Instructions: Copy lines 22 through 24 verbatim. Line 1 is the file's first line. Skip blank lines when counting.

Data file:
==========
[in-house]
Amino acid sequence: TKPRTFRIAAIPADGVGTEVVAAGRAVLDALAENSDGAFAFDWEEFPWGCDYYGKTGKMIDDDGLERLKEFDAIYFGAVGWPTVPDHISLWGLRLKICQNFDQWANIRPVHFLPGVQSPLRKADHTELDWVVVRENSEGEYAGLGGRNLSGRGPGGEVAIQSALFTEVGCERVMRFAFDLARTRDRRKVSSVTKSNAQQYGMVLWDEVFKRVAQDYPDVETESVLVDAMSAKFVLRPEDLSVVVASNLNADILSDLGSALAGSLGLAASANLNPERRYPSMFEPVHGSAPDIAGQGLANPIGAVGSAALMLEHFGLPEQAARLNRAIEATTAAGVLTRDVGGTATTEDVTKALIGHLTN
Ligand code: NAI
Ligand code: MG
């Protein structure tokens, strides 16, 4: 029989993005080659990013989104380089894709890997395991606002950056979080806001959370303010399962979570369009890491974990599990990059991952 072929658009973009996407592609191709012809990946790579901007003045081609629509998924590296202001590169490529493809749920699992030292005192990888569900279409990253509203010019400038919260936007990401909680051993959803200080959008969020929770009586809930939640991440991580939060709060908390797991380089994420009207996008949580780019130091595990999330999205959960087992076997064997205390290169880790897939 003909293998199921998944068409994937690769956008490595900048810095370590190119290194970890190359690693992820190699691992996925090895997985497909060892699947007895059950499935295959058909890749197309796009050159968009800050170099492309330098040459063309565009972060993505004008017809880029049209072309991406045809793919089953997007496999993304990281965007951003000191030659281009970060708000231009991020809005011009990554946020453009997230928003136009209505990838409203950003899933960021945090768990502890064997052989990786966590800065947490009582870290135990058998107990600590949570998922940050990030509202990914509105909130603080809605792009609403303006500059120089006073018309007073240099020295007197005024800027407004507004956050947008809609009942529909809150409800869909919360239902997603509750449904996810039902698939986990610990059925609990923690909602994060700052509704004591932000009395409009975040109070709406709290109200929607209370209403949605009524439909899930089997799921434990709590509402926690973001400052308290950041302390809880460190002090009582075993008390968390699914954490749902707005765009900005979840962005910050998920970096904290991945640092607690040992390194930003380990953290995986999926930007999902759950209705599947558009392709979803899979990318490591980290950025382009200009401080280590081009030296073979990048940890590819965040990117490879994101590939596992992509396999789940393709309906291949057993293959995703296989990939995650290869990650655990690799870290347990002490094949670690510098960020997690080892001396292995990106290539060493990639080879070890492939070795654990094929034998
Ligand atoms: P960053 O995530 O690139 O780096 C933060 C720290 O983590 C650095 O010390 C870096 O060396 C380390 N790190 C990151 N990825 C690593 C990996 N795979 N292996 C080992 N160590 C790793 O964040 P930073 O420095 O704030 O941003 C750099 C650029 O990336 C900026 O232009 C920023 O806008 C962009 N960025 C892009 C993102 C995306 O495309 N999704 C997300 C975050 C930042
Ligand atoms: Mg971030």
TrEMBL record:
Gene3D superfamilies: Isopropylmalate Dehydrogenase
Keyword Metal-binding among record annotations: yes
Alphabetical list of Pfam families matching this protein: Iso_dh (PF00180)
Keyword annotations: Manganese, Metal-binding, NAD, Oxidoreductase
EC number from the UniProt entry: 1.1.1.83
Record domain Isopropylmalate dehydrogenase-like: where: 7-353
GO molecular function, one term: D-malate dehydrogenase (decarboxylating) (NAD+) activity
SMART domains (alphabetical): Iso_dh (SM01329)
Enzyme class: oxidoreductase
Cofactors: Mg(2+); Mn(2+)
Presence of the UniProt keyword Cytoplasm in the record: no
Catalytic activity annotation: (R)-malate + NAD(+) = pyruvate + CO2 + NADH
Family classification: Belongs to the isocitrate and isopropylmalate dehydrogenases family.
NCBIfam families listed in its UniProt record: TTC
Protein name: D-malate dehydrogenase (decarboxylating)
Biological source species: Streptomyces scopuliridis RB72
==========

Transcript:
NCBIfam families listed in its UniProt record: TTC
Protein name: D-malate dehydrogenase (decarboxylating)
Biological source species: Streptomyces scopuliridis RB72